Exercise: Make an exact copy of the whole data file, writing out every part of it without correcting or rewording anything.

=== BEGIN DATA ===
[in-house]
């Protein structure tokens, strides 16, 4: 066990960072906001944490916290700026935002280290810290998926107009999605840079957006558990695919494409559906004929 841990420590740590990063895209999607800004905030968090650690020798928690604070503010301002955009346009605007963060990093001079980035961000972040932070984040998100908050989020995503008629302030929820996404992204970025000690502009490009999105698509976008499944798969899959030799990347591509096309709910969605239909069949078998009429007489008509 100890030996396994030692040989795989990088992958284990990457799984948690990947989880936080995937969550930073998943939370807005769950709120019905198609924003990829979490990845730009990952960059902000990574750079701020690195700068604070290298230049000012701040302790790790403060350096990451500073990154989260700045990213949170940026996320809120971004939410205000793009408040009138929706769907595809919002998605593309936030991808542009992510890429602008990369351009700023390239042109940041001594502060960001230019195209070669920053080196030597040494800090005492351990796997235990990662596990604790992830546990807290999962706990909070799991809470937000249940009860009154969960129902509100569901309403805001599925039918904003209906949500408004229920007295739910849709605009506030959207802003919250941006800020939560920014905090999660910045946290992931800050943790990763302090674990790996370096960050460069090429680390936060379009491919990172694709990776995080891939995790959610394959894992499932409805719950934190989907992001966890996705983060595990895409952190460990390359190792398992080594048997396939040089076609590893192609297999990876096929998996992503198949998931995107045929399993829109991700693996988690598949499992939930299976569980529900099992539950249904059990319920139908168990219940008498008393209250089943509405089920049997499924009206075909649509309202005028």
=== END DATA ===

[in-house]
């Protein structure tokens, strides 16, 4: 066990960072906001944490916290700026935002280290810290998926107009999605840079957006558990695919494409559906004929 841990420590740590990063895209999607800004905030968090650690020798928690604070503010301002955009346009605007963060990093001079980035961000972040932070984040998100908050989020995503008629302030929820996404992204970025000690502009490009999105698509976008499944798969899959030799990347591509096309709910969605239909069949078998009429007489008509 100890030996396994030692040989795989990088992958284990990457799984948690990947989880936080995937969550930073998943939370807005769950709120019905198609924003990829979490990845730009990952960059902000990574750079701020690195700068604070290298230049000012701040302790790790403060350096990451500073990154989260700045990213949170940026996320809120971004939410205000793009408040009138929706769907595809919002998605593309936030991808542009992510890429602008990369351009700023390239042109940041001594502060960001230019195209070669920053080196030597040494800090005492351990796997235990990662596990604790992830546990807290999962706990909070799991809470937000249940009860009154969960129902509100569901309403805001599925039918904003209906949500408004229920007295739910849709605009506030959207802003919250941006800020939560920014905090999660910045946290992931800050943790990763302090674990790996370096960050460069090429680390936060379009491919990172694709990776995080891939995790959610394959894992499932409805719950934190989907992001966890996705983060595990895409952190460990390359190792398992080594048997396939040089076609590893192609297999990876096929998996992503198949998931995107045929399993829109991700693996988690598949499992939930299976569980529900099992539950249904059990319920139908168990219940008498008393209250089943509405089920049997499924009206075909649509309202005028």